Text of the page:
Daniel Aminto lost his job and then sent the coronavirus epidemic to his home Philippines In lockdown. Now she and her family live on the streets, relying on food handouts to survive.
Charities are fighting to meet growing food demand as millions of families across the country go hungry, AFP reports.
The Covid-19 sanctions have crippled the economy and put many out of work.
“I’ve never seen this hungry person before,” said Jomar Flares, executive director of Rise Against Hunger in the Philippines, who works with more than 40 partners to feed the poor.
“If you go out there, everyone will tell you that they are more afraid to starve than to die from covid. They no longer worry about Kovid. ”
According to the Epidemic Social Weather Station, the number of hungry people in the epidemic has reached record highs.
The September survey found that about three-thirds of families – or .6. Millions of families did not have enough food to eat at least once in the previous three months.
Of these, 2.2 million households had “acute hunger” – the highest ever.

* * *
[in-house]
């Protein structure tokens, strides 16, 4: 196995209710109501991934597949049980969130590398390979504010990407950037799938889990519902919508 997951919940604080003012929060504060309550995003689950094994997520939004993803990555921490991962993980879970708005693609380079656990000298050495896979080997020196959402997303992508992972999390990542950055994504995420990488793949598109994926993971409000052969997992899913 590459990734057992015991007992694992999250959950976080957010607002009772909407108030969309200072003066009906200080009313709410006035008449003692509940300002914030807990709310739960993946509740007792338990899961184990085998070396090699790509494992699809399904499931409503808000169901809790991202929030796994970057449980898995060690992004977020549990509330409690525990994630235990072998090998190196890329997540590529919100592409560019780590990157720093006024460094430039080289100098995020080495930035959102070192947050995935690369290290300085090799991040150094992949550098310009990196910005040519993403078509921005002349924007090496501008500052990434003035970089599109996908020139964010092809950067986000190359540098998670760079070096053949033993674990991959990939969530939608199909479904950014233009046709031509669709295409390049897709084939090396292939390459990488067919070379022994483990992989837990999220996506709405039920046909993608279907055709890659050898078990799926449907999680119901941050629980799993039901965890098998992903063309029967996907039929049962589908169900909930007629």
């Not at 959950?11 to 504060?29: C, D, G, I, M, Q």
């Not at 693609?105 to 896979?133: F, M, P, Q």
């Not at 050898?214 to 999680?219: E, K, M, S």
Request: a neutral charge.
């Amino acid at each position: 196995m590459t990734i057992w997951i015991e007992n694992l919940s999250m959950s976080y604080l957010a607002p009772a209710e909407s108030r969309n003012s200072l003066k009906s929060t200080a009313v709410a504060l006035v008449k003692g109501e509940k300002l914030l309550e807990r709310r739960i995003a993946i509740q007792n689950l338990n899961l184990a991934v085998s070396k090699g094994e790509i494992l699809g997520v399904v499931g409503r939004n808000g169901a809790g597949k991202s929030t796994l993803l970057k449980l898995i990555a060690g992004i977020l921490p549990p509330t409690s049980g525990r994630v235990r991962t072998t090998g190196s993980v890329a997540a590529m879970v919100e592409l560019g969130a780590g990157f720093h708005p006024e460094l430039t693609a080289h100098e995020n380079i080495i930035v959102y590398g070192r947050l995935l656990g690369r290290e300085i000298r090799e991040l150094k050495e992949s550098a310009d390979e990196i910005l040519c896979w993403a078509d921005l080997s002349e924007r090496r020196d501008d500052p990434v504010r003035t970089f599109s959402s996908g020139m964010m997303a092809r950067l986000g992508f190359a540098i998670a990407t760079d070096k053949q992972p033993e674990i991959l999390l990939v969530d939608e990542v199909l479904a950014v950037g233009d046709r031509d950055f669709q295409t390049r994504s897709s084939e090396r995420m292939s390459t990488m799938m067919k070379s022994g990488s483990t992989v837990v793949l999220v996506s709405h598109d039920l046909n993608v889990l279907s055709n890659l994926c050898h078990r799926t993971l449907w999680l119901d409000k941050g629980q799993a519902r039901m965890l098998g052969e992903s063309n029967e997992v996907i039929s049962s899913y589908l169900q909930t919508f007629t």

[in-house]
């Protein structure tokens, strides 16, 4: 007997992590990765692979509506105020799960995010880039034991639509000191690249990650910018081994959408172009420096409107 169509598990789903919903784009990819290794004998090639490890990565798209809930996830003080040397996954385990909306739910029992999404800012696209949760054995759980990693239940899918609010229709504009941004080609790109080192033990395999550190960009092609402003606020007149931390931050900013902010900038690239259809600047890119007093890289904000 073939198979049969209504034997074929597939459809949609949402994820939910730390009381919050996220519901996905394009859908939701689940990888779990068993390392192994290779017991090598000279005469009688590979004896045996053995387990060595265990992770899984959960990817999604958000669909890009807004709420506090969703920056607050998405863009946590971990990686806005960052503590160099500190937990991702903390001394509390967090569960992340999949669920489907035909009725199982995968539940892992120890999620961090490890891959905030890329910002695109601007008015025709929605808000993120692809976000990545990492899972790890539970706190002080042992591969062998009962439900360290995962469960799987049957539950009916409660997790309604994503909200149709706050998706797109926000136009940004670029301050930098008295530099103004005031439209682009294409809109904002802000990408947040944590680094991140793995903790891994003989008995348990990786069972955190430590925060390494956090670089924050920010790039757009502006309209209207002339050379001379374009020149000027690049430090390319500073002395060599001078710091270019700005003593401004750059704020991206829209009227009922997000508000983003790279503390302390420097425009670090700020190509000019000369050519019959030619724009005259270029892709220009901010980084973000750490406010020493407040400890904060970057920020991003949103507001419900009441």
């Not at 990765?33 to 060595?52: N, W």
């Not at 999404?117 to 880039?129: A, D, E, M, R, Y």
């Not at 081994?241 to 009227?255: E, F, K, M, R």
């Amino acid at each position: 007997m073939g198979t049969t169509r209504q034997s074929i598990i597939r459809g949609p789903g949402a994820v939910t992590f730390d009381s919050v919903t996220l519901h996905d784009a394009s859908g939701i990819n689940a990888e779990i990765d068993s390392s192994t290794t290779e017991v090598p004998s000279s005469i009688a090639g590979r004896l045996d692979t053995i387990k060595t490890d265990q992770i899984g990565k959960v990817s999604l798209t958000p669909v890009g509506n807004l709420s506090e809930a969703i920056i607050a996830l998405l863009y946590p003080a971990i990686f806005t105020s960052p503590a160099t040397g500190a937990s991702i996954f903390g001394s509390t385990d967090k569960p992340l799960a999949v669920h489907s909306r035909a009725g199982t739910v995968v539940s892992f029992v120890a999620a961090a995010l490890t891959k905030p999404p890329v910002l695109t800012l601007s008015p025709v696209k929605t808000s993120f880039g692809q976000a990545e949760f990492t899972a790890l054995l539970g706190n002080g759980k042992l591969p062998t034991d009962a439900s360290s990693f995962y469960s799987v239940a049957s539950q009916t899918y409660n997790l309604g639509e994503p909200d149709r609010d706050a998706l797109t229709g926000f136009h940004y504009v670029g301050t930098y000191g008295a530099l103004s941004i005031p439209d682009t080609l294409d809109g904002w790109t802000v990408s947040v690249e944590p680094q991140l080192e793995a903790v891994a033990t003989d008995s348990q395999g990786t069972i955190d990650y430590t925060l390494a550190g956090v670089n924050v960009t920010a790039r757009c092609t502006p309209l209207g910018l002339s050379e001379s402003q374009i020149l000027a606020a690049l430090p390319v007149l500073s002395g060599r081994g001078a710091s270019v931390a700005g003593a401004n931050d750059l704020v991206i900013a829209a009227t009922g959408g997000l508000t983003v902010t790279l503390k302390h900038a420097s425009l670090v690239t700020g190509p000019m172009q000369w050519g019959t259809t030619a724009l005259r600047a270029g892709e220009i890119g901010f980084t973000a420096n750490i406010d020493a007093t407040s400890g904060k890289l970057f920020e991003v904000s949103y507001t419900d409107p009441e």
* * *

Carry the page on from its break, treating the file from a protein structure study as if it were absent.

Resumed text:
Two months after the country went into a severe lockdown, the numbers have been rising since May – reversing the downward trend since 2012.
As the government seeks to recover from the devastated economy, virus restrictions have been eased in recent months to allow more business to operate, which is expected to shrink to 9.5% this year.
For the country’s poor, the epidemic is just a challenge in their lives – not the most serious.
Aymanto, 41, slept on the street for years and made as much money as possible by selling trash for recycling. His fortunes changed as he got a stable job as a building painter in 2019.
It paid him enough to rent a house in Manila, which he shared with his wife and their two-year-old daughter, bought food and even saved some for the dream of opening a small shop.